evocation table

evocation table

Tuesday, September 20, 2011

In response to "Magic on the Small Scale "

 Magus Gilbert had an excellent post on his 'THE OCCULTIST' Blog: http://gilberttheoccultist.blogspot.com/2011/09/magic-on-small-scale.html#comment-form

I was unable to post my response on his page due to some technical difficulties, but he wished it posted so here it is:

This is a great topic to bring up. It’s definitely something most of us have gone through, and other magicians have at least pondered. RO can attest to huge changes he underwent with a previous physical location. Although I don’t remember him mentioning so, I imagine he must have lost some magical equipment as well. Regardless, he jumped right back in the game after a very difficult ‘transition.’
I dread having to go through such an experience myself as I’ve amassed such a collection of magical goodies that I wouldn’t know what to do with myself. My room is a haven and immediate removal (escape) from the mundane. Complete luxuries but not necessities….Unless I am doing traditional grimoric work that is.
If I had to start all over it would be a while before I’d be doing any Goetia, Alamdel (any Lemegeton work besides the Notary Arts), Solomonic or otherwise. I’ve no real interest in simplified, abridged, forms of these types of magic so it would be heartbreaking for me, I admit.

In this sort of ‘outer temple closing’, I would be forced to really change my magical focus for a time as I could not just start over right away. I wouldn’t have the heart, nor near the money to do so anyway. ::shivers:::

Many times, it’s not just the physical loss of a working space or equipment, but emotional or circumstantial issues which also arise. Situations which take priority for a time and disrupt routine practices are not rare. None of us are monks who have removed themselves from society and social obligations. We each have personal relationships, other employment to attend to, and family to keep in healthy working order. What matters is that we ‘keep going’ and eventually pick up where we left off. A magician is someone who continues to do magic even after a crisis, a dry spell (pun…sorta intended), a physical loss, or a personal upheaval. There’s a breaking down point, but eventually they rebuild. Why? Because magic is in the very nature of the individual. Just like a true athlete or martial artist, they will continue to train even after an injury or even when they felt like they weren’t improving…they keep going. A true practitioner is one who continues on after disaster or failure.

Another phenomena which Joseph L. describes in his book ‘Howlings’ is a period where intense magical practices eventually take a toll on the individual and there is a shut down period. During this time, a person cannot bring themselves to conduct even the simplest of magical exercises. I think I’ve hit that point before earlier in my life when I was doing the same rigorous practice day in and day out. Just like we need sleep, sometimes we need a resting point in our practices to let energies stabilize within, naturally. Apparently, sometimes we need upheaval as well to reset our priorities and manner of working. Life/God/ The universe seem to present situations where they are needed. Not always warranted but sometimes necessary.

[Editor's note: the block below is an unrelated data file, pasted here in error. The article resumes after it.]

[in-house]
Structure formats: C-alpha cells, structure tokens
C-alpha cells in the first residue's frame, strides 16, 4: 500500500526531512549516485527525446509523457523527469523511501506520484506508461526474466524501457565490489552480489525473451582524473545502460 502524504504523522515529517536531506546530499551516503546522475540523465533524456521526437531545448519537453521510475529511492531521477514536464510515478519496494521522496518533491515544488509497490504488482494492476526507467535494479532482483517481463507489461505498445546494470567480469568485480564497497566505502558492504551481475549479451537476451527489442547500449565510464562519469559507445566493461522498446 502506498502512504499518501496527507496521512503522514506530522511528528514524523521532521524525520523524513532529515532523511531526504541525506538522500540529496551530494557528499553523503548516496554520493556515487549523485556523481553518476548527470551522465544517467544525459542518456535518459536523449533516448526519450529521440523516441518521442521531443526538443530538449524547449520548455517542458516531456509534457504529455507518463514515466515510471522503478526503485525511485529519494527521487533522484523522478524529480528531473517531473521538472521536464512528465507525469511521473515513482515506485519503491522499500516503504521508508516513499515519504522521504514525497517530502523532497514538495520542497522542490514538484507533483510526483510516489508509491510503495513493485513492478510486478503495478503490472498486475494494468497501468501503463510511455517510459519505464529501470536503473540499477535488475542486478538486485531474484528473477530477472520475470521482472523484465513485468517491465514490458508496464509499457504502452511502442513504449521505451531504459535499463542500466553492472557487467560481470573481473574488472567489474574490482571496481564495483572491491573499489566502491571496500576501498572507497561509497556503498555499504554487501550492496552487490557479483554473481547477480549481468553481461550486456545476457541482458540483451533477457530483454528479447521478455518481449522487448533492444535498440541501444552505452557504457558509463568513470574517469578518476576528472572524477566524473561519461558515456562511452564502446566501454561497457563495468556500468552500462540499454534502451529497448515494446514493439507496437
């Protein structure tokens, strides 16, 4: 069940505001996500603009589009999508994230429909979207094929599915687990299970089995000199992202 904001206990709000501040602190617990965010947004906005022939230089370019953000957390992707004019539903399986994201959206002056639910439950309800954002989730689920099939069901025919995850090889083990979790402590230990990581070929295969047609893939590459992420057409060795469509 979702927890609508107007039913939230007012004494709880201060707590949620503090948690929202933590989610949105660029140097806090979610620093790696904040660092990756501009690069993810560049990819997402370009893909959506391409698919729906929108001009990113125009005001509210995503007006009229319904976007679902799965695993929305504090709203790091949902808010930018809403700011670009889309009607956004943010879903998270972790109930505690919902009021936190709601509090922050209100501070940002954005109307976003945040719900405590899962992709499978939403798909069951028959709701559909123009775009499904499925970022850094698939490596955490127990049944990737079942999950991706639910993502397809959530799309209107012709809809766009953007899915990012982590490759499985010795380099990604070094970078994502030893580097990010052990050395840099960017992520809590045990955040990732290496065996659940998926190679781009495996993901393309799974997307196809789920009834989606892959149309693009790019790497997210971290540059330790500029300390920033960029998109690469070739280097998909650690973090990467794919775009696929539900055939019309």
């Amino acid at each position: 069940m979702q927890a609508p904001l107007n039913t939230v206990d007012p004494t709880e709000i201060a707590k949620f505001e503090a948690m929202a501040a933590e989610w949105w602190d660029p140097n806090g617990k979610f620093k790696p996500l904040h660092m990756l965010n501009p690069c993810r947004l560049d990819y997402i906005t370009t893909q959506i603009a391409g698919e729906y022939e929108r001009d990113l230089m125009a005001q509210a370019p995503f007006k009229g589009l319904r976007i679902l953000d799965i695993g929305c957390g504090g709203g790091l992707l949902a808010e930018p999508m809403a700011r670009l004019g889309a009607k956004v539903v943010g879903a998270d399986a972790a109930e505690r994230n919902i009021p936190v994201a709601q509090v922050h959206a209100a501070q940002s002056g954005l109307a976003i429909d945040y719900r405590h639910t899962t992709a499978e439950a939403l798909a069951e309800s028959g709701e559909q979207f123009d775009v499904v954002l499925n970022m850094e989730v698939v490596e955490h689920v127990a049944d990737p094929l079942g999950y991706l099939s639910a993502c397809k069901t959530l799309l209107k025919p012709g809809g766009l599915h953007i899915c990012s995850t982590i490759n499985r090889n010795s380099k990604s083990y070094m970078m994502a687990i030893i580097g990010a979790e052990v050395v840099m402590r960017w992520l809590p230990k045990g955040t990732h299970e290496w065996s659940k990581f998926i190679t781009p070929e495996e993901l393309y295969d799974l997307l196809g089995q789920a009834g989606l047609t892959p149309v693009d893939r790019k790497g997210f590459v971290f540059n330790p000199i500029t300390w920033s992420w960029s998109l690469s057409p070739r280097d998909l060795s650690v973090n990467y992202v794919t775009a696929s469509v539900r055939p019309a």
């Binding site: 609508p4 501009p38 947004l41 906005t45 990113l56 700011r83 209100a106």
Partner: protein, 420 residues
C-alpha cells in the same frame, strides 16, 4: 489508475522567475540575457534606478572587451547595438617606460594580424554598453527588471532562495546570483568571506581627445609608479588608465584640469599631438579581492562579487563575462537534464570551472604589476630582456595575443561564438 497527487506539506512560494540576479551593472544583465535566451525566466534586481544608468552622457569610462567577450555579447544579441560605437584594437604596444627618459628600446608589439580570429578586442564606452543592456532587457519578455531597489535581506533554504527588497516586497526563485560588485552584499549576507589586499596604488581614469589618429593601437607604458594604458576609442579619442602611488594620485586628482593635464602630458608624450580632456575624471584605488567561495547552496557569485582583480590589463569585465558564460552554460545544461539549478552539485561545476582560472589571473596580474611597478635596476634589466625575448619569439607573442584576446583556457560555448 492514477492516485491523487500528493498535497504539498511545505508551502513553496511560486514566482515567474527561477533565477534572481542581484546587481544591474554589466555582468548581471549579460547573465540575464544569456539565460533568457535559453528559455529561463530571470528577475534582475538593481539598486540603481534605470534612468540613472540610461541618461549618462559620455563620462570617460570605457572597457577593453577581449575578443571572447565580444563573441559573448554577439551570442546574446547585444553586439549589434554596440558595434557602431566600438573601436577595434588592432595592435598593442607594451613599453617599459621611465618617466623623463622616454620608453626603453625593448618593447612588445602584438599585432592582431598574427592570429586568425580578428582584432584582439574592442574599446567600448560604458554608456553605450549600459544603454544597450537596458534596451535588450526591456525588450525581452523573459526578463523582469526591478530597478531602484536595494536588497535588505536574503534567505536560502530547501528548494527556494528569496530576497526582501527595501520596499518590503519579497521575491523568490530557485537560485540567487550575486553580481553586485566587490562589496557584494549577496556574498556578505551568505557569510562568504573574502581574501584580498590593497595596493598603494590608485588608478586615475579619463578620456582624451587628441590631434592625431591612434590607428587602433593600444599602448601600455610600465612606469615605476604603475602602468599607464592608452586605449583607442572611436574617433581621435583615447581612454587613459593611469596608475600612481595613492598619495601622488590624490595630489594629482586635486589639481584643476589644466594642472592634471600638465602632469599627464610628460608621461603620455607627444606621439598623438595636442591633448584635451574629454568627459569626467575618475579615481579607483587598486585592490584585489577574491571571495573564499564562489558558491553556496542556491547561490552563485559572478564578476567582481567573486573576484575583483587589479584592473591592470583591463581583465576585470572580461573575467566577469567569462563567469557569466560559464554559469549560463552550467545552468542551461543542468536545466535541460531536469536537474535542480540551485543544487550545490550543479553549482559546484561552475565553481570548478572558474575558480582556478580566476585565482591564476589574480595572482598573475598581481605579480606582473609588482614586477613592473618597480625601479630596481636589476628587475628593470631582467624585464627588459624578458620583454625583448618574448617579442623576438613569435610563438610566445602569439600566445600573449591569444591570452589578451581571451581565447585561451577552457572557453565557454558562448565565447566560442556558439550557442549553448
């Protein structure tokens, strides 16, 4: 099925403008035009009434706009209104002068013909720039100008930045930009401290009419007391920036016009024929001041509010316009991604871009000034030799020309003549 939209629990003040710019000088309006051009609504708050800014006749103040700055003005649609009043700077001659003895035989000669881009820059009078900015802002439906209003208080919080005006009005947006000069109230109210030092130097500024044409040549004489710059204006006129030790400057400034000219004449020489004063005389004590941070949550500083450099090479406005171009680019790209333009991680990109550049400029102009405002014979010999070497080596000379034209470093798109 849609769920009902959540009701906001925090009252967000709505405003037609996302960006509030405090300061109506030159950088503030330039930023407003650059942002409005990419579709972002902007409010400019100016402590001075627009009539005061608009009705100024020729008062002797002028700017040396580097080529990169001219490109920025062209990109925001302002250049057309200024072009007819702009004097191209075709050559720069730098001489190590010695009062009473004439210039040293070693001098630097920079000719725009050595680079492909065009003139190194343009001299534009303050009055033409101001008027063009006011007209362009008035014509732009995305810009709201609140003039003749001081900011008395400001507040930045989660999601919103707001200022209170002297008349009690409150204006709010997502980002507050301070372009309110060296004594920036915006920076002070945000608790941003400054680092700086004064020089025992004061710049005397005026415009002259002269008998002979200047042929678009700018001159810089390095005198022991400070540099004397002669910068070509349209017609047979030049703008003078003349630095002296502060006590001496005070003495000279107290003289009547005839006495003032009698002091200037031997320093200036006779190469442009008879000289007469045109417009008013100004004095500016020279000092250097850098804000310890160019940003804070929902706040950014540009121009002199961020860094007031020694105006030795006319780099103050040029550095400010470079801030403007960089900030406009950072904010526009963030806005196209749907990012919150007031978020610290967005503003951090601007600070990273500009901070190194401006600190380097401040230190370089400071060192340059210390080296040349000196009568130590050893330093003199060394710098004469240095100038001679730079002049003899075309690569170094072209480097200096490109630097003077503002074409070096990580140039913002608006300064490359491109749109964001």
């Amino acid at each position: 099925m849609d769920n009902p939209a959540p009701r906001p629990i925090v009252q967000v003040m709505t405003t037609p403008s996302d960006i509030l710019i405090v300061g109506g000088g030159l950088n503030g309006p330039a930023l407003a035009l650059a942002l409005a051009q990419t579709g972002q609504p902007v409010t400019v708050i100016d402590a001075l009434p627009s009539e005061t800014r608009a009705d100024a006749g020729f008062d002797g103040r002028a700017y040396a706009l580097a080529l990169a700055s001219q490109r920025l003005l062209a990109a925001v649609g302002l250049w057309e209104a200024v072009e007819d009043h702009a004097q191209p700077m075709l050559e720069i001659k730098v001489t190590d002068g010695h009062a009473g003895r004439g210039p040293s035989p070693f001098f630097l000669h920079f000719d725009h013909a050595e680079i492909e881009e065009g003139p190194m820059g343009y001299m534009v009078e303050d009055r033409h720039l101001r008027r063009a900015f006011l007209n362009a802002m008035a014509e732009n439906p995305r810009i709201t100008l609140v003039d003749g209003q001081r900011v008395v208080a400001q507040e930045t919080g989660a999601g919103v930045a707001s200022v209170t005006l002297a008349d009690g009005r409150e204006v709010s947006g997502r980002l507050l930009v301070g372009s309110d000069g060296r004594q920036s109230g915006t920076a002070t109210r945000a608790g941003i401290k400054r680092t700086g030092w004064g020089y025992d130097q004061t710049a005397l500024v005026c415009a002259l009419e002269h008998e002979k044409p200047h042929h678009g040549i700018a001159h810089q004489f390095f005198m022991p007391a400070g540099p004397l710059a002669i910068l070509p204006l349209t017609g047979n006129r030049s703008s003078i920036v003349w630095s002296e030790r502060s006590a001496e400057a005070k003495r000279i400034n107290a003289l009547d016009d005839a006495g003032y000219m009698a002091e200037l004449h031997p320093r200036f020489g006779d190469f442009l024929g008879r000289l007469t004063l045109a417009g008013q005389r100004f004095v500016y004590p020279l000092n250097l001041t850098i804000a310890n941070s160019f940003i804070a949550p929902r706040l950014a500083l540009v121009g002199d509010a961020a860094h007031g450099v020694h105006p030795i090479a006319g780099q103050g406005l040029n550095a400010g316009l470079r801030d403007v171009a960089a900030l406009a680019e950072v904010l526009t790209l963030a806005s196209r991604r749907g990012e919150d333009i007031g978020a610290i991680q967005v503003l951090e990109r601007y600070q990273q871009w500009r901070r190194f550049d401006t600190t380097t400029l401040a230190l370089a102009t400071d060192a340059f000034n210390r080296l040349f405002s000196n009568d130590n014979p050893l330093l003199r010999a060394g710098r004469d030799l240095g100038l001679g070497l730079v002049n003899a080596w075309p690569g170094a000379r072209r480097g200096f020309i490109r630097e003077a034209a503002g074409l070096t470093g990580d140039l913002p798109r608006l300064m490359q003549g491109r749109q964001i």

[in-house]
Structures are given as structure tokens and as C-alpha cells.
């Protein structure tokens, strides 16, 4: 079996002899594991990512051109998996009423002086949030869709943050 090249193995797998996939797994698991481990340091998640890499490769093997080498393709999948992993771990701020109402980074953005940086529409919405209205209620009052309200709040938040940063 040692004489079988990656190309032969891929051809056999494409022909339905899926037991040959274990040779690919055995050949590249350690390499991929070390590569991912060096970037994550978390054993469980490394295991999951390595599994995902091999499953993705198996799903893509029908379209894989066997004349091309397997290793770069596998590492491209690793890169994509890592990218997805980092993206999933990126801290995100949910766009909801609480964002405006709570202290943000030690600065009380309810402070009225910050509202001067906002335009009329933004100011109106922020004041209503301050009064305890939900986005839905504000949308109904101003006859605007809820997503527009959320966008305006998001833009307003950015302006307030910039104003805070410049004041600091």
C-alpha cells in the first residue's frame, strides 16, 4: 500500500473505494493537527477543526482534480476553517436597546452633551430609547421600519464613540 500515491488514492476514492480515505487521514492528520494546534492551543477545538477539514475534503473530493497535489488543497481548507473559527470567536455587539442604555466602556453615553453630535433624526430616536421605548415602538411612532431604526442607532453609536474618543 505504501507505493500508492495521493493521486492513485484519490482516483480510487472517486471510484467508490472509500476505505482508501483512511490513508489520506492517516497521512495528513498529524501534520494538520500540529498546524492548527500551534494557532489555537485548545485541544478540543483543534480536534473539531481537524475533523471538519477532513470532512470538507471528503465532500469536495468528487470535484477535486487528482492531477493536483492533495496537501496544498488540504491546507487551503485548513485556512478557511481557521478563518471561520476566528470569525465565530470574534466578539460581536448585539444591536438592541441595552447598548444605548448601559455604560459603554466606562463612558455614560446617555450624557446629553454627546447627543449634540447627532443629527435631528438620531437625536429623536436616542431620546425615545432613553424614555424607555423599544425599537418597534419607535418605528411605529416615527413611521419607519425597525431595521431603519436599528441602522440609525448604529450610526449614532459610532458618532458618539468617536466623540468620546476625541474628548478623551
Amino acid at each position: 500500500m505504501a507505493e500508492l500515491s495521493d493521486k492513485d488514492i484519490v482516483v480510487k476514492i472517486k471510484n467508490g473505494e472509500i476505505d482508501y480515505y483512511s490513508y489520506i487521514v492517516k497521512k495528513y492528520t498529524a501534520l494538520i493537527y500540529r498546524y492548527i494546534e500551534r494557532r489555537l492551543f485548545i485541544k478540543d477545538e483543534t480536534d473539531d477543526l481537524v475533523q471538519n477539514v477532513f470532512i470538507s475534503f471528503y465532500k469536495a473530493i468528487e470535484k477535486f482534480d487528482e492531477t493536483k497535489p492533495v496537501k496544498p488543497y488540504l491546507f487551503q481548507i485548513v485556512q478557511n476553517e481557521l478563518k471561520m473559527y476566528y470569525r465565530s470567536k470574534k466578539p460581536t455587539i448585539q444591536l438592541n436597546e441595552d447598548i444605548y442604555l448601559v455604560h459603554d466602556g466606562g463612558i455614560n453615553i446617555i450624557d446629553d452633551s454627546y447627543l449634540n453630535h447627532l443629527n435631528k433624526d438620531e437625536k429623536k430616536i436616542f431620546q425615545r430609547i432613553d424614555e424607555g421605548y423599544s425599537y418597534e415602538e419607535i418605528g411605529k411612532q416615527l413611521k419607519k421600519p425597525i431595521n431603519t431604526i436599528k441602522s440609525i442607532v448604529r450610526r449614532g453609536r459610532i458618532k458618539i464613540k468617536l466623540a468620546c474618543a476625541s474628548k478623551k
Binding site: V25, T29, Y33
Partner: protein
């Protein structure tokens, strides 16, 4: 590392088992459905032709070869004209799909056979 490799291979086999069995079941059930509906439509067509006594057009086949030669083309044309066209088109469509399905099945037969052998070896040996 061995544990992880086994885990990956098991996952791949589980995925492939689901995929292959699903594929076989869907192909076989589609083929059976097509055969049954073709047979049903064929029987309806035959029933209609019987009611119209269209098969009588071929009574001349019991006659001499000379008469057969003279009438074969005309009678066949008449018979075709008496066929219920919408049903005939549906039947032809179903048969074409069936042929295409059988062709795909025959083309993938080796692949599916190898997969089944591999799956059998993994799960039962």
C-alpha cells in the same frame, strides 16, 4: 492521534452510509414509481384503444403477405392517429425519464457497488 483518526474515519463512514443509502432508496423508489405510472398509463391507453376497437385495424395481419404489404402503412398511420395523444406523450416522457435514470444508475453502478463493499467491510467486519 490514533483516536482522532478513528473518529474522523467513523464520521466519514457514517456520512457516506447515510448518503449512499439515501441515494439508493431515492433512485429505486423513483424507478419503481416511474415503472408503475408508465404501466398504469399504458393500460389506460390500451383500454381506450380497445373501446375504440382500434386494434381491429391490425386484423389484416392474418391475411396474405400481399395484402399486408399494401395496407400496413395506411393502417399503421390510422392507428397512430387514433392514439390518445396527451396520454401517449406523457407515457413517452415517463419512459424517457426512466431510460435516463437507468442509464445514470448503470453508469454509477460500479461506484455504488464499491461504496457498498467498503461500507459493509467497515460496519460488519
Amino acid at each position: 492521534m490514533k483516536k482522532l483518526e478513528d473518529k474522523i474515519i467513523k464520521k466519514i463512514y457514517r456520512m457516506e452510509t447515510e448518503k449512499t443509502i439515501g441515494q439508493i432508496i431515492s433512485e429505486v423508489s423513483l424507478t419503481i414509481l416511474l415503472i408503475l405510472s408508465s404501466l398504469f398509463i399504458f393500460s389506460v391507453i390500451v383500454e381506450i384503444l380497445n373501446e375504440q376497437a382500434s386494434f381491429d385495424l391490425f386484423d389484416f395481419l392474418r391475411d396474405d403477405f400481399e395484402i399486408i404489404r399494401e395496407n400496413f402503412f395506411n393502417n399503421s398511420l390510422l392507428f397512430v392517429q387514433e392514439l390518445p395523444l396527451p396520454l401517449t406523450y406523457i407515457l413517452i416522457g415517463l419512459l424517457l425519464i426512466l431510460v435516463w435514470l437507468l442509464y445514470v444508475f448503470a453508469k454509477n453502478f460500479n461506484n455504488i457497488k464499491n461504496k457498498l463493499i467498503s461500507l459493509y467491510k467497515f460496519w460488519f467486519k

During a fairly difficult point in my life, magically and otherwise, I had moved out of my first apartment, had all of my magical gear packed away in a storage unit, and lived at my dad’s cabin. I worked at a lumber yard for about a year while trying to get my life back in order. I had very few possessions which were mine at my Dad’s place. Life seemed rather bland and wearing at that time. I ceased all of my daily exercises and training.
I remember talking to my Sensei around that time, complaining how I didn’t feel like I was “fulfilling my purpose”. He told me to pay attention to where I was so that I didn’t miss the lesson I was currently supposed to be learning. “You won’t be at this job forever Bryan so don’t worry about it, learn what you’re here to learn, then, when you’re ready, you’ll move on.”

I didn’t do much of anything magical during that time, and didn’t experience much of anything either which really made me feel depressed. My whole involvement in the magical arts was inspired from the numerous experiences I had while growing up. All through my adolescence and teen years, things happened to me and my family which didn’t seem to happen to other people. It defined my role in the world early on and continued into my early twenties. Extended periods of not witnessing anything left me feeling ‘cut off’ and ….plain.
I’ve learned to be more patient in my current state as I rarely find myself alone in the deep forests, or examining disturbed houses for local folks like I use to. My wife lets me have my magical lab, make expensive magical implements, and conduct rituals which sometimes drives her nuts. I’m very spoiled in my freedom to explore grimoric arts at the moment.

Nothing ever stays the same though and I’ll have to adapt to whatever lies ahead. {Types this all the while knocking on wood and chanting anti-irony spells}

So to answer more simply to what happens when a true occultist is forced to pack up, and close the outer temple:
They grieve, struggle on, and eventually discover their new arena of working.
To fulfill the “many are called, but few are chosen” axiom, each will be presented with the new way in which their gifts can be utilized, the true occultist decides to act on this discovery. –A priest, still a priest even when his miter is knocked from his head-

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